Islamist backers of Egypt’s deposed president Mohamed Morsi staged defiant rallies on Friday, as police prepared to disperse their Cairo protest camps amid international appeals to avoid further bloodshed.
The new demonstrations came after US secretary of state John Kerry said Egypt’s military had been “restoring democracy” when it deposed Morsi, in comments that prompted fury from the ousted leader’s supporters.
The international community meanwhile, pressed both sides to peacefully resolve the impasse, with US under secretary of state William Burns expected to arrive in Cairo on Friday night for more talks.
Morsi supporters began their marches after Friday prayers, pouring out of several Cairo mosques and heading towards their key Rabaa al-Adawiya site.
They held small demonstrations at several locations, including in front of Cairo’s Media Production City, where security forces fired tear gas after protesters “tried to storm” the building, a security source told AFP.
Earlier marches had passed off peacefully, with thousands waving Egyptian flags and posters of the deposed leader.
“Our million-man march today is a counter move against the military intimidation to break up the sit-in,” said Ahmed Idriss, 27, a lawyer from Egypt’s Nile Delta region.
The marches came a day after Kerry in an interview with Pakistan’s Geo television appeared to defend Morsi’s ouster.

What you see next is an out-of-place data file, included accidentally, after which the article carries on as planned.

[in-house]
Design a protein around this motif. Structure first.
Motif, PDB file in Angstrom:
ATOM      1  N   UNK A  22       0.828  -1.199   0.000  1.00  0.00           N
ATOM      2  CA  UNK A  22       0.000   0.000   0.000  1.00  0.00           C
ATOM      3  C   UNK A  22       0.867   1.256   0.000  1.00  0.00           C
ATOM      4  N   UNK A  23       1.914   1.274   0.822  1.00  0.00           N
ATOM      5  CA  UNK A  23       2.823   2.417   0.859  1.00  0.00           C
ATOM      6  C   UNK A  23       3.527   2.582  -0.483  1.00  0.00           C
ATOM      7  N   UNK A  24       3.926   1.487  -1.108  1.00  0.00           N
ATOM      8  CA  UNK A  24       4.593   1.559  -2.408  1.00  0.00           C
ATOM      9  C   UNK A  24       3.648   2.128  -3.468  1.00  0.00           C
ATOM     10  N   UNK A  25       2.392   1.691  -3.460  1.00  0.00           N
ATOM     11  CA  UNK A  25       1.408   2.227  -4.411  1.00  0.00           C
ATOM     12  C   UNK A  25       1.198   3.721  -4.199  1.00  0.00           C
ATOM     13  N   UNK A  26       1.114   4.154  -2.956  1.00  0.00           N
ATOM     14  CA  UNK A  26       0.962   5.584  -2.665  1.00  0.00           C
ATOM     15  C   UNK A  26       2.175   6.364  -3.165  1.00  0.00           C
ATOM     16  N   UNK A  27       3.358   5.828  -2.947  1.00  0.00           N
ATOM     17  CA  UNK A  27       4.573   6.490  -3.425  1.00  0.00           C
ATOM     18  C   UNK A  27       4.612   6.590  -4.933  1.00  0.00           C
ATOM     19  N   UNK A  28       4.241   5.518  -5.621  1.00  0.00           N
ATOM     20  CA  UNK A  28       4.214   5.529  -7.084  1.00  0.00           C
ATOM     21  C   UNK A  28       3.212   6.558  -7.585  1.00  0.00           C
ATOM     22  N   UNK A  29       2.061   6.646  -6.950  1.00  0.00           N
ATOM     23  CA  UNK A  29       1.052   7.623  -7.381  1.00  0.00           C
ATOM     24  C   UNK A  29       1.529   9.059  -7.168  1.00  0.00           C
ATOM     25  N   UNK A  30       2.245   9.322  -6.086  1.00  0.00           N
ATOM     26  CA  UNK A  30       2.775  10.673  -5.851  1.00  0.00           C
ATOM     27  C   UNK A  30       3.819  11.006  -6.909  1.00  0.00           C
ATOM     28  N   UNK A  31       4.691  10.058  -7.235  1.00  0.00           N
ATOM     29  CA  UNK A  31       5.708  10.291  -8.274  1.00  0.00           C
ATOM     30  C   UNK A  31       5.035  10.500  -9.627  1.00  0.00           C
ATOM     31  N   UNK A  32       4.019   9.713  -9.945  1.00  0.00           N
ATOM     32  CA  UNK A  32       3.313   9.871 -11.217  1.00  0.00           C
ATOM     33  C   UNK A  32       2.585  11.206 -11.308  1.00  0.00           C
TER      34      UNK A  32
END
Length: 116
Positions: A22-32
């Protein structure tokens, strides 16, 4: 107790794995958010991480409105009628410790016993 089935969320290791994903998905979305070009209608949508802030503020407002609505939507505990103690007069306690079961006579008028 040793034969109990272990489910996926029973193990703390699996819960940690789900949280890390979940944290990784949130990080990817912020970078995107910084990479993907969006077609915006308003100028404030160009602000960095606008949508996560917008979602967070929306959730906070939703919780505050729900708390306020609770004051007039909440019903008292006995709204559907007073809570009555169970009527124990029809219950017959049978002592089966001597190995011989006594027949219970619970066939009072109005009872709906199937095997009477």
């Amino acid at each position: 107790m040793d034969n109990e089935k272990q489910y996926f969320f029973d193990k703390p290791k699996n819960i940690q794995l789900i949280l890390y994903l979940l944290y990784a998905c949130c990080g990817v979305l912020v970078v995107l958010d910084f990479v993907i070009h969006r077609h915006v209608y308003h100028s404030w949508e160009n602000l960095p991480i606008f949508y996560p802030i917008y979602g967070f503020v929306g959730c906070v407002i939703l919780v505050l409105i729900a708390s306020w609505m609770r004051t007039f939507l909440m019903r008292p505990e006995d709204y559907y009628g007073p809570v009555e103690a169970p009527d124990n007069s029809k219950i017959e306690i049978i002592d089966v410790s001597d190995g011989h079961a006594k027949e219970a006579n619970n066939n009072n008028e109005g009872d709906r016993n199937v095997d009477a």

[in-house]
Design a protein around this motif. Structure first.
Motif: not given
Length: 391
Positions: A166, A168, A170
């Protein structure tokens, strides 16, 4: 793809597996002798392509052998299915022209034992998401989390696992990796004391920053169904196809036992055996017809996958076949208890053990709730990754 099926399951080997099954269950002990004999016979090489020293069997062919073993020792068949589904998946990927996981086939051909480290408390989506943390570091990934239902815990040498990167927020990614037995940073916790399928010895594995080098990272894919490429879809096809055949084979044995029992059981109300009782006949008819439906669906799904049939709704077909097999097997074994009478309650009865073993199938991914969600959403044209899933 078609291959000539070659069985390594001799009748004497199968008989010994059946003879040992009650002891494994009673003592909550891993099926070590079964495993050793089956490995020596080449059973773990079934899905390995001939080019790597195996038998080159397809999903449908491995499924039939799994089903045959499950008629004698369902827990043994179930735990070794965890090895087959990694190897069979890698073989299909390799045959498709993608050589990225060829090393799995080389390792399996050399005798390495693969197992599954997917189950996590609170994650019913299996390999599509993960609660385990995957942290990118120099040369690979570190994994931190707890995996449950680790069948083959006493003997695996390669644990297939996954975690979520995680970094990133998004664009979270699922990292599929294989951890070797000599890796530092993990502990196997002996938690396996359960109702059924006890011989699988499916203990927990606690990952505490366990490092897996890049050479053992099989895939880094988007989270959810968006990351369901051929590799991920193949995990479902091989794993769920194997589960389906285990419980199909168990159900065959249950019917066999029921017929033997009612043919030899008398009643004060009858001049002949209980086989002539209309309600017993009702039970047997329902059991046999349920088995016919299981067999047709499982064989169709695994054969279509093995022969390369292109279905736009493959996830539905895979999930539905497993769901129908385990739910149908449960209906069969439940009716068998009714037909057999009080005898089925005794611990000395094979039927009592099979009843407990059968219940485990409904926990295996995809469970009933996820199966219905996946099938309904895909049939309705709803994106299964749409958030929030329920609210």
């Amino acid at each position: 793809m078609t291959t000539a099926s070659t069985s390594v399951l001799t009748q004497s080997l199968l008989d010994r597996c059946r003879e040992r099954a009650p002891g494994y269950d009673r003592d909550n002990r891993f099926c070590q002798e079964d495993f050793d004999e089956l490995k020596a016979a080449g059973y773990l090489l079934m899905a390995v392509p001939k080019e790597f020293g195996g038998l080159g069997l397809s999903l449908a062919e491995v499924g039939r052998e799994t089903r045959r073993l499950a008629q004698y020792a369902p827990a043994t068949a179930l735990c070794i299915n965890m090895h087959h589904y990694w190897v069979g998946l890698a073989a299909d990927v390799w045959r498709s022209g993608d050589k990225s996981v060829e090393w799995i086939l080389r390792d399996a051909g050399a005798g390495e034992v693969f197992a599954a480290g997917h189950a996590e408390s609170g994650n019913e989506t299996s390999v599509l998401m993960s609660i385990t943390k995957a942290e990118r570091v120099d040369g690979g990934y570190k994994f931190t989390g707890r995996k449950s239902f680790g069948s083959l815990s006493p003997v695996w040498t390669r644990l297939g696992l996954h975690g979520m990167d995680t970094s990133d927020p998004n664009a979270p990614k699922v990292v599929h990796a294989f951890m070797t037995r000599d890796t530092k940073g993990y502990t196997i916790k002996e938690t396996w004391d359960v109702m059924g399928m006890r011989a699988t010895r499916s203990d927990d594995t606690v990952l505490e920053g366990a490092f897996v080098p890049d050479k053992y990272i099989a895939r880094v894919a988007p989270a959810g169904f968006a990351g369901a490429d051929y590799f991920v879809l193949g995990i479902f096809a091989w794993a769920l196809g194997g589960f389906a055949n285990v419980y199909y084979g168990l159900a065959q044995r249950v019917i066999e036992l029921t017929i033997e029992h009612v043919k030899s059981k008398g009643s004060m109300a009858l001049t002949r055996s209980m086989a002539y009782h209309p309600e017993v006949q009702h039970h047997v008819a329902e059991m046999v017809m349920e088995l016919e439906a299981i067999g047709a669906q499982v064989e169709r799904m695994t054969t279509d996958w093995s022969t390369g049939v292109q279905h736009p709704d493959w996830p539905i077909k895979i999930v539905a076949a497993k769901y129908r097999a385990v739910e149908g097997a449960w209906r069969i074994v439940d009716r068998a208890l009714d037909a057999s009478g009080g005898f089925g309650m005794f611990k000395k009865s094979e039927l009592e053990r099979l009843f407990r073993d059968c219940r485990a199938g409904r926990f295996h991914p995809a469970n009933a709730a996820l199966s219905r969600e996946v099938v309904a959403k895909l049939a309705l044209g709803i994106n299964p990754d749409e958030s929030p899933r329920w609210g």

“The military was asked to intervene by millions and millions of people, all of whom were afraid of a descendance into chaos, into violence,” he said.
“And the military did not take over, to the best of our judgement — so far. To run the country, there’s a civilian government. In effect, they were restoring democracy,” he added.
A spokesman for Morsi’s Muslim Brotherhood denounced Kerry’s comments, accusing Washington of being “complicit” in the coup.
“Is it the job of the army to restore democracy?” asked Gehad al-Haddad in a statement.
Morsi’s supporters have remained defiant in the face of mounting threats from the army-installed interim government.
On Thursday, the interior ministry urged those at protest sites in Rabaa al-Adawiya and Nahda squares “to let reason and the national interest prevail, and to quickly leave”.
The ministry pledged “a safe exit and full protection to whomever responds to this appeal”.
The state-owned Al-Ahram newspaper, quoting police sources, reported Friday that police have prepared a plan to end the sit-ins, but had not decided when to implement it, with the cabinet still hoping for a peaceful resolution.